Whether you’re a first-time mom or an old pro, being postpartum in the era of COVID-19 presents hurdles to your family.
From disrupted sleep patterns to sibling jealousy, having a newborn in the house isn’t for the faint of heart. Unfortunately, if you’re expecting (or postpartum) in a pandemic, you’re staring down a set of challenges that are even more significant. Much of the common sense advice we’ve relied on in the past no longer applies. How do you sleep when the baby sleeps if you have no help? How do you get any time to yourself when your older kids are at home, rather than school? How do you rely on your village when you’re under strict orders to isolate?
Accept (and mourn) your situation
Unfortunately, virtual contact is an imperfect substitute for face-to-face interaction. If you had envisioned a series of beautiful bonding moments between your baby, the grandparents and your close friends, it might be difficult to accept that it isn’t possible during our current circumstances.
And it’s okay to be sad about it.
Take some time to come to terms with your feelings and decide how and when you’d like to reach out to others to show off your new bundle of joy. Regular check-ins via phone or video chat can help keep you connected and your spirits up.
Do what you need to do – and don’t feel guilty
After a new baby’s arrival, most parents are in survival mode – essentially a free pass to do whatever it takes to get through those first few weeks. Cereal for dinner? Sure! Extra screentime for the older kids? Pass the remote. (You could also check out our list of fun indoor games and activities for your other child(ren) to do!) Skipping laundry day? Clean clothes are overrated anyway. If anything, the added stress of social distancing guidelines should give you even more reason to go easy on yourself. This is not the time to be everything to everyone. As long as your kids are fed, rested and clothed, you’ve done your part.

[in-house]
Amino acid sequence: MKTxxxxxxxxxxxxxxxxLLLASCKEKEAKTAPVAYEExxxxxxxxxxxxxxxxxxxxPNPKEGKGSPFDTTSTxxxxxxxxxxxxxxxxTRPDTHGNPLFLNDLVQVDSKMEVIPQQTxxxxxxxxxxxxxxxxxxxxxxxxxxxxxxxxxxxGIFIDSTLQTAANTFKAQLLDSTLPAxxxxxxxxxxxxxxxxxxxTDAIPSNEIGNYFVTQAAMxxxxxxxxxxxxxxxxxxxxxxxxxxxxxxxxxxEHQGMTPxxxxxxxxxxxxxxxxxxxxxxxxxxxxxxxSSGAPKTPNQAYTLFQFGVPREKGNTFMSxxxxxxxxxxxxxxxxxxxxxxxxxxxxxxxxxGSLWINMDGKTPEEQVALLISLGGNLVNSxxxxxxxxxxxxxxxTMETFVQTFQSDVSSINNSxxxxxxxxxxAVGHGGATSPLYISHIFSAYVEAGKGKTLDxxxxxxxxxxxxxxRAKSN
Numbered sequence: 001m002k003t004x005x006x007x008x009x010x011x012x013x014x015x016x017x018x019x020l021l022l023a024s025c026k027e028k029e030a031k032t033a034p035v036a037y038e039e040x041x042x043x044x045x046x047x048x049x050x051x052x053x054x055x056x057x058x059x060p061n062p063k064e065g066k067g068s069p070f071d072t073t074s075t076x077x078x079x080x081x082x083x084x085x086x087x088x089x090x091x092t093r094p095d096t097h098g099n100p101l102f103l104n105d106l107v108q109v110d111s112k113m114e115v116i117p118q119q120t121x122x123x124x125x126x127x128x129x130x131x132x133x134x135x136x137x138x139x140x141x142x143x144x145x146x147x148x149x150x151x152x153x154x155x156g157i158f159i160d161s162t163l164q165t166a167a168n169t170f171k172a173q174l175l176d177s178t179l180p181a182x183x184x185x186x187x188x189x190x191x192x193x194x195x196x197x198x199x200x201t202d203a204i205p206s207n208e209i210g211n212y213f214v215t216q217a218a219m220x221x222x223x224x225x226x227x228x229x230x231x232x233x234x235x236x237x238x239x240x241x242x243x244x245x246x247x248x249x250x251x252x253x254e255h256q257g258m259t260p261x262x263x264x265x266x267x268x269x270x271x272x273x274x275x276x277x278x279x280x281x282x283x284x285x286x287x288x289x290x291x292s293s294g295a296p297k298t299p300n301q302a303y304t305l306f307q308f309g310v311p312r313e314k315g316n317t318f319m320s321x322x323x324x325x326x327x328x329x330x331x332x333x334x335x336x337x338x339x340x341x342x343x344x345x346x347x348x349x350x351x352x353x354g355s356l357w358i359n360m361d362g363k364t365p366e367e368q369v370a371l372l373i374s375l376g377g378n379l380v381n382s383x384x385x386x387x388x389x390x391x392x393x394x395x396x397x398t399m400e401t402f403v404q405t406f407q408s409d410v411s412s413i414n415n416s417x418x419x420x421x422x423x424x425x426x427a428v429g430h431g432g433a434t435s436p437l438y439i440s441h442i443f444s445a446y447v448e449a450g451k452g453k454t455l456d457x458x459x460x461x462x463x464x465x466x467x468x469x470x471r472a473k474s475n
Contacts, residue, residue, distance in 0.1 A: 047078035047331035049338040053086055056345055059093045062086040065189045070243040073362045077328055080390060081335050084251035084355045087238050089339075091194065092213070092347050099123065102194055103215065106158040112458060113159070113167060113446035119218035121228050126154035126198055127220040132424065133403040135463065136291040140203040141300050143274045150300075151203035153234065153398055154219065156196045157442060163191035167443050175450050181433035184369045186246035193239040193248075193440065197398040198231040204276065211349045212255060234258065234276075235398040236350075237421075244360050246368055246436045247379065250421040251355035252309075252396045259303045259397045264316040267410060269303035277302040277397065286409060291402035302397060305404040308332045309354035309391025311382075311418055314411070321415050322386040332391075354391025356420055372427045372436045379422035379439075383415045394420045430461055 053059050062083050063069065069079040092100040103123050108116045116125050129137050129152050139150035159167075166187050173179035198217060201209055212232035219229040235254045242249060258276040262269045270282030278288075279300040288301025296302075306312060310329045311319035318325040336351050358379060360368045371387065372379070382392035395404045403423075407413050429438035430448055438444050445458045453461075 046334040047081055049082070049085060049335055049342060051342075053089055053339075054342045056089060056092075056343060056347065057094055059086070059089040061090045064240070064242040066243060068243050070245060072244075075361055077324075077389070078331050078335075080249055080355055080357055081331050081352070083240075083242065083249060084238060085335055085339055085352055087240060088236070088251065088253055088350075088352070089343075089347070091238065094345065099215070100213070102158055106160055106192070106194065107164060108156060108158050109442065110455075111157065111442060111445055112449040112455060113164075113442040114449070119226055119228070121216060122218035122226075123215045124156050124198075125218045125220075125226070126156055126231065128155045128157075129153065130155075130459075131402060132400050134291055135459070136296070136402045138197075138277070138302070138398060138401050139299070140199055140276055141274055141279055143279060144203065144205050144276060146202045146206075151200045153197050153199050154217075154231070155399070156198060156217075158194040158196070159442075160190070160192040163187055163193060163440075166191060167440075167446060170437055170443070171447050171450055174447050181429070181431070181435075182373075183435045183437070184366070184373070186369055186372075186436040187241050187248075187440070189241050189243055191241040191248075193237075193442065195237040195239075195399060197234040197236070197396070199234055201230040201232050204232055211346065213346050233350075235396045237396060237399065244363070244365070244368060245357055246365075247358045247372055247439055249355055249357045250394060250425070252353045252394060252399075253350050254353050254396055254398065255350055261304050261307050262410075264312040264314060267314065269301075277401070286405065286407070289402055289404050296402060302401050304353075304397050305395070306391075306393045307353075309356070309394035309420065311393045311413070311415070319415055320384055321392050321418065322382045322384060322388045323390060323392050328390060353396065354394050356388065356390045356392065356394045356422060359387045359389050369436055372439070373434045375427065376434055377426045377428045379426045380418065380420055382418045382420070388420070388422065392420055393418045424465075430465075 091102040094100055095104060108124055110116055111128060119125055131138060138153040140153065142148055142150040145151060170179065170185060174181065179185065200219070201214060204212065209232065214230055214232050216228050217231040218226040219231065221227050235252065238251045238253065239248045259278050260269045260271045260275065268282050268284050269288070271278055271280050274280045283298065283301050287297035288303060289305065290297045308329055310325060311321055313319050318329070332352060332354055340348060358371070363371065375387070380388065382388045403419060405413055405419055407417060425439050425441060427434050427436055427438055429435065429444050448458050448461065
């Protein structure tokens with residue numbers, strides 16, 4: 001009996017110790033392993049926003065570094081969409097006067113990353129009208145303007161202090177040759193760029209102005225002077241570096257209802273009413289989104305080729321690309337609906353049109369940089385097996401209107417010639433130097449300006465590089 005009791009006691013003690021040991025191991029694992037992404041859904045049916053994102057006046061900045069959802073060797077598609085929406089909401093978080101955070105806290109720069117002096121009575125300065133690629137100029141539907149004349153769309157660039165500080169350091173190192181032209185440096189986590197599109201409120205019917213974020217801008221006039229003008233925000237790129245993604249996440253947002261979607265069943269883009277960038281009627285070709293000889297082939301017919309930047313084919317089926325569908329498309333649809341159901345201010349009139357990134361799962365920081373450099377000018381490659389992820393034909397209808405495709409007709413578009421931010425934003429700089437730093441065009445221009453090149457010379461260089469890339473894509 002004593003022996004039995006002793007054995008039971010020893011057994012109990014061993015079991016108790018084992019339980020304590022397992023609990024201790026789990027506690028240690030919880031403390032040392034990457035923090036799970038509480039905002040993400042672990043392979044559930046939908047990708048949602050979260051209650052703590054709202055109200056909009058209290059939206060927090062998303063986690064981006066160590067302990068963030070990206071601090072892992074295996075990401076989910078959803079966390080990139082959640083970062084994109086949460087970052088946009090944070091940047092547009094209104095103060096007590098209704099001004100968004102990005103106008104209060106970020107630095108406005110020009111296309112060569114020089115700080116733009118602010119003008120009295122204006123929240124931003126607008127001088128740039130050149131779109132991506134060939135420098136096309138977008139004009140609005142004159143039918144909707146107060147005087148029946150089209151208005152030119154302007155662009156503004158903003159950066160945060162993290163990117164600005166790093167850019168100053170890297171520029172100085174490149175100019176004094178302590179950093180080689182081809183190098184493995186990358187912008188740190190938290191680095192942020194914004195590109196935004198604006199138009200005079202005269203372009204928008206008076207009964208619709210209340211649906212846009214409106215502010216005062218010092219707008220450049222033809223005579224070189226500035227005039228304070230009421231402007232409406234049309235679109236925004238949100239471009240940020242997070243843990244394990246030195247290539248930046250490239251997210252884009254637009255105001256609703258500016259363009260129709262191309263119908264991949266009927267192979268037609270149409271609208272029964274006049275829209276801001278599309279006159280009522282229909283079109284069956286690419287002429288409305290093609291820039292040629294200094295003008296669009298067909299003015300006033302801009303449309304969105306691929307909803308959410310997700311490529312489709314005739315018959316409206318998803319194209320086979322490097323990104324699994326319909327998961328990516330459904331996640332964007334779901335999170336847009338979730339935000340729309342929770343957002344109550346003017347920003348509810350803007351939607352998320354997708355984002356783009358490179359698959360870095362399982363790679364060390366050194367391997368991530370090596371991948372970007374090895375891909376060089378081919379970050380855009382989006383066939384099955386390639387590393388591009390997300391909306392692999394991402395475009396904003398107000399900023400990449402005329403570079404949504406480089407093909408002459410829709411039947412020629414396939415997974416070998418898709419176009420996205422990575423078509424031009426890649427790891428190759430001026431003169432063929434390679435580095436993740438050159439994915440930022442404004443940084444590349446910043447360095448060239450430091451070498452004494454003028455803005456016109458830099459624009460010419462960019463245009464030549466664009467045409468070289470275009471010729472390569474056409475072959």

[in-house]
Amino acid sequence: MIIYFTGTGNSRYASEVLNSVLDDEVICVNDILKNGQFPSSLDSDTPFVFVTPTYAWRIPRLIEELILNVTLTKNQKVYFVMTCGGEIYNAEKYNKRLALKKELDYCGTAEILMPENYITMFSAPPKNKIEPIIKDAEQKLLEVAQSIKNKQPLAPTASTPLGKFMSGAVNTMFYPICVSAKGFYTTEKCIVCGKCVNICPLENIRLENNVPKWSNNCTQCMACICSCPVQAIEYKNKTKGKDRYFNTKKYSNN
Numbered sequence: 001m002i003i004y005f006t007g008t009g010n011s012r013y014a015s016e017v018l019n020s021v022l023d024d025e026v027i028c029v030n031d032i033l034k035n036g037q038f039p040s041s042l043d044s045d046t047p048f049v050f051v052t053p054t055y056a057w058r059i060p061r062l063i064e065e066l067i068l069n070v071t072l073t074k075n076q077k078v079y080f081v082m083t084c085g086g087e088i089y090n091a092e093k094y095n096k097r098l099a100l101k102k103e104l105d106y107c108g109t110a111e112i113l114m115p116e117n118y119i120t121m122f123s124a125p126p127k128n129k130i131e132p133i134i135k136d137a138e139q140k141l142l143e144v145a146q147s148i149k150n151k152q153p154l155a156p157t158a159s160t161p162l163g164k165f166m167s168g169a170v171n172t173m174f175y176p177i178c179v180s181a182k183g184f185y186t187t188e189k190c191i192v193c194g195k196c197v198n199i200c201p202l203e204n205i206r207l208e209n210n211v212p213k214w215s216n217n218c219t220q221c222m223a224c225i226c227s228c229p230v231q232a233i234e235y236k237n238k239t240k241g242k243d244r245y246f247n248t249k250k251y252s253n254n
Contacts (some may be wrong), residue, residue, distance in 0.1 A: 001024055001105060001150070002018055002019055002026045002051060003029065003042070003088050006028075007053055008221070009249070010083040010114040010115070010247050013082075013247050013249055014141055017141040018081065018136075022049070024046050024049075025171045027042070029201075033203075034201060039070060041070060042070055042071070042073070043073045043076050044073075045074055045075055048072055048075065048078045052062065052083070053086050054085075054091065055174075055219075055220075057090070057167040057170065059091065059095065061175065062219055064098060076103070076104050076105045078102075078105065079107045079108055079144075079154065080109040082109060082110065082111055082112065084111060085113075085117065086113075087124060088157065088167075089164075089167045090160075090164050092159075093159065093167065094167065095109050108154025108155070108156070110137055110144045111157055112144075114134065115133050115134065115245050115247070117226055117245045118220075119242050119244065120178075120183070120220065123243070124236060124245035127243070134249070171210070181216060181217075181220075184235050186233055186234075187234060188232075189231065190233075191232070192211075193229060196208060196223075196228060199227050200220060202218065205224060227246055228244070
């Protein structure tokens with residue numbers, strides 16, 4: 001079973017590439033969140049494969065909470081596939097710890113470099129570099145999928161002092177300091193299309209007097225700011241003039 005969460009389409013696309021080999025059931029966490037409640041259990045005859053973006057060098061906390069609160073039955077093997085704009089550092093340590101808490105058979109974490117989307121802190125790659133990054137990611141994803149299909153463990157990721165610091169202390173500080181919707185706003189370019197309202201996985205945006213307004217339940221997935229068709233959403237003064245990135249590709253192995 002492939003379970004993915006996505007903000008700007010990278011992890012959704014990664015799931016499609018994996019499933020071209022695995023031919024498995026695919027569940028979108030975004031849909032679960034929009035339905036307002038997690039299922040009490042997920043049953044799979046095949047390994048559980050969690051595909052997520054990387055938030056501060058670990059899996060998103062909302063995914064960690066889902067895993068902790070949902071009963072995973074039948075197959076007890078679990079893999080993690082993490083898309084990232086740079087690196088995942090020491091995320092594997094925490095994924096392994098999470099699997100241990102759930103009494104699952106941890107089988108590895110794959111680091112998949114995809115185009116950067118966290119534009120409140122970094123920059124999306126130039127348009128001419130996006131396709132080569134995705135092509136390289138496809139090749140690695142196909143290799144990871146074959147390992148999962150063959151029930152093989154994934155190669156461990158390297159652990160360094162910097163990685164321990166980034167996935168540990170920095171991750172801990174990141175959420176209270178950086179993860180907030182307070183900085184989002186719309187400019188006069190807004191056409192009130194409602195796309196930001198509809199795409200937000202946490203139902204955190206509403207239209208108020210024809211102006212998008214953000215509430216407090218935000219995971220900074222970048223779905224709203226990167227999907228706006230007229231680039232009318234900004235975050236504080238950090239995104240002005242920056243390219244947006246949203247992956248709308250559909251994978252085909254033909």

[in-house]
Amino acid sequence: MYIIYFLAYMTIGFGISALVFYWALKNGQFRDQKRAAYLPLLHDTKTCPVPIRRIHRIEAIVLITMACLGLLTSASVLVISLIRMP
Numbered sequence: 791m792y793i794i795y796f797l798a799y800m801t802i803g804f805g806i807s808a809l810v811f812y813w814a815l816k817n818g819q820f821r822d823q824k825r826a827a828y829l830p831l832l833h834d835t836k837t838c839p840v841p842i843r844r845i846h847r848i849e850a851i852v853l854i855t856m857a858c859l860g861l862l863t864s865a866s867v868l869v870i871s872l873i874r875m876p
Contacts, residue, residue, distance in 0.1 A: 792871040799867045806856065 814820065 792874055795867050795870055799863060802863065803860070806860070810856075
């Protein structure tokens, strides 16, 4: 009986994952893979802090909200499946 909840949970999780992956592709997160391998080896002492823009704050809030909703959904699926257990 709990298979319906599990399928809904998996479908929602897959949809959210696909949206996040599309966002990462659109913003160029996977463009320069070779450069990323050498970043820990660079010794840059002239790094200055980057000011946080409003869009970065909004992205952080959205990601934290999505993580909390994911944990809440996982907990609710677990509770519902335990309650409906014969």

There are solutions, no matter how imperfect, to every problem. For example, if you have friends and family that may have ordinarily come by to provide company and a home-cooked meal, they might be up for ordering delivery or leaving a casserole on your front porch instead. If you have the time to plan ahead and a relative that’s willing, you could have them self-isolate with you in your home until the baby comes, for an extra pair of hands. While it can be hard to maintain a flexible mindset, particularly when you’re freshly postpartum, it could be the key to reducing your anxiety and making life easier for yourself. (We also like meditation apps like Calm and Headspace to deal with stress. Give ’em a try… they’re free to start!)
If your expected due date is within the next couple of months, it’s natural to be worried, fearful and anxious about what lies ahead. Make sure to keep your healthcare provider informed about your concerns before and after the baby is born – they may have insight to help ease your mind and put your fears at rest. Take care of yourself and rely on your (virtual) network as much as possible. You can do this!
Kimberly Leung hails from Toronto and moonlights as a freelance writer and content creator. She likes her coffee regular, her cereal sugary, and her meals cooked by someone else. She loves her kids but she can’t wait for the day they stop waking up at 5:30AM (and no, a later bedtime doesn’t work). She lives in a tiny house with her husband, 2 kids and their middle-aged cat.